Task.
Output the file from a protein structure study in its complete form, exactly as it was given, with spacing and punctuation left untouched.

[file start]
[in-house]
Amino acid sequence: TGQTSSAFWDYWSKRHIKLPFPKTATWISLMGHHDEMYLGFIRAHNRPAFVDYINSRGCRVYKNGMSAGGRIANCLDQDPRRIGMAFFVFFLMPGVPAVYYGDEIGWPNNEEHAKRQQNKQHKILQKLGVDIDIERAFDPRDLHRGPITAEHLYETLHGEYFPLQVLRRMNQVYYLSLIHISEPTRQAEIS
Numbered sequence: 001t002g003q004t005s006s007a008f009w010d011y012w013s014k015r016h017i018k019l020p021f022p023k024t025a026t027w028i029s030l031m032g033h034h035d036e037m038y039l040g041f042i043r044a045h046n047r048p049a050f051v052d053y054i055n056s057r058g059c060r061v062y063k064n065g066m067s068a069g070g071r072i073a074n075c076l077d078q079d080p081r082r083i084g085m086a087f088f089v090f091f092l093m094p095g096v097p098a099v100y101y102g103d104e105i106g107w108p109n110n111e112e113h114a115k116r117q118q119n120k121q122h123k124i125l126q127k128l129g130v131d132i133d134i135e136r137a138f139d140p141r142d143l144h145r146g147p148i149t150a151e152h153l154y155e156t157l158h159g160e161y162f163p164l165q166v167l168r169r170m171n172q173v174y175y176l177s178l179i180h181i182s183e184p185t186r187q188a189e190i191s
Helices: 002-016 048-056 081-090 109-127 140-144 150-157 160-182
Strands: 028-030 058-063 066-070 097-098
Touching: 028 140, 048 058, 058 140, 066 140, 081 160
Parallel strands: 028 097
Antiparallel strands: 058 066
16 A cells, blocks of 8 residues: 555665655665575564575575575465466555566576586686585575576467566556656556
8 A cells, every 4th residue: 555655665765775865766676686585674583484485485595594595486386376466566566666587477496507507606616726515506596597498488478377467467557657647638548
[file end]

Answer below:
[in-house]
Amino acid sequence: TGQTSSAFWDYWSKRHIKLPFPKTATWISLMGHHDEMYLGFIRAHNRPAFVDYINSRGCRVYKNGMSAGGRIANCLDQDPRRIGMAFFVFFLMPGVPAVYYGDEIGWPNNEEHAKRQQNKQHKILQKLGVDIDIERAFDPRDLHRGPITAEHLYETLHGEYFPLQVLRRMNQVYYLSLIHISEPTRQAEIS
Numbered sequence: 001t002g003q004t005s006s007a008f009w010d011y012w013s014k015r016h017i018k019l020p021f022p023k024t025a026t027w028i029s030l031m032g033h034h035d036e037m038y039l040g041f042i043r044a045h046n047r048p049a050f051v052d053y054i055n056s057r058g059c060r061v062y063k064n065g066m067s068a069g070g071r072i073a074n075c076l077d078q079d080p081r082r083i084g085m086a087f088f089v090f091f092l093m094p095g096v097p098a099v100y101y102g103d104e105i106g107w108p109n110n111e112e113h114a115k116r117q118q119n120k121q122h123k124i125l126q127k128l129g130v131d132i133d134i135e136r137a138f139d140p141r142d143l144h145r146g147p148i149t150a151e152h153l154y155e156t157l158h159g160e161y162f163p164l165q166v167l168r169r170m171n172q173v174y175y176l177s178l179i180h181i182s183e184p185t186r187q188a189e190i191s
Helices: 002-016 048-056 081-090 109-127 140-144 150-157 160-182
Strands: 028-030 058-063 066-070 097-098
Touching: 028 140, 048 058, 058 140, 066 140, 081 160
Parallel strands: 028 097
Antiparallel strands: 058 066
16 A cells, blocks of 8 residues: 555665655665575564575575575465466555566576586686585575576467566556656556
8 A cells, every 4th residue: 555655665765775865766676686585674583484485485595594595486386376466566566666587477496507507606616726515506596597498488478377467467557657647638548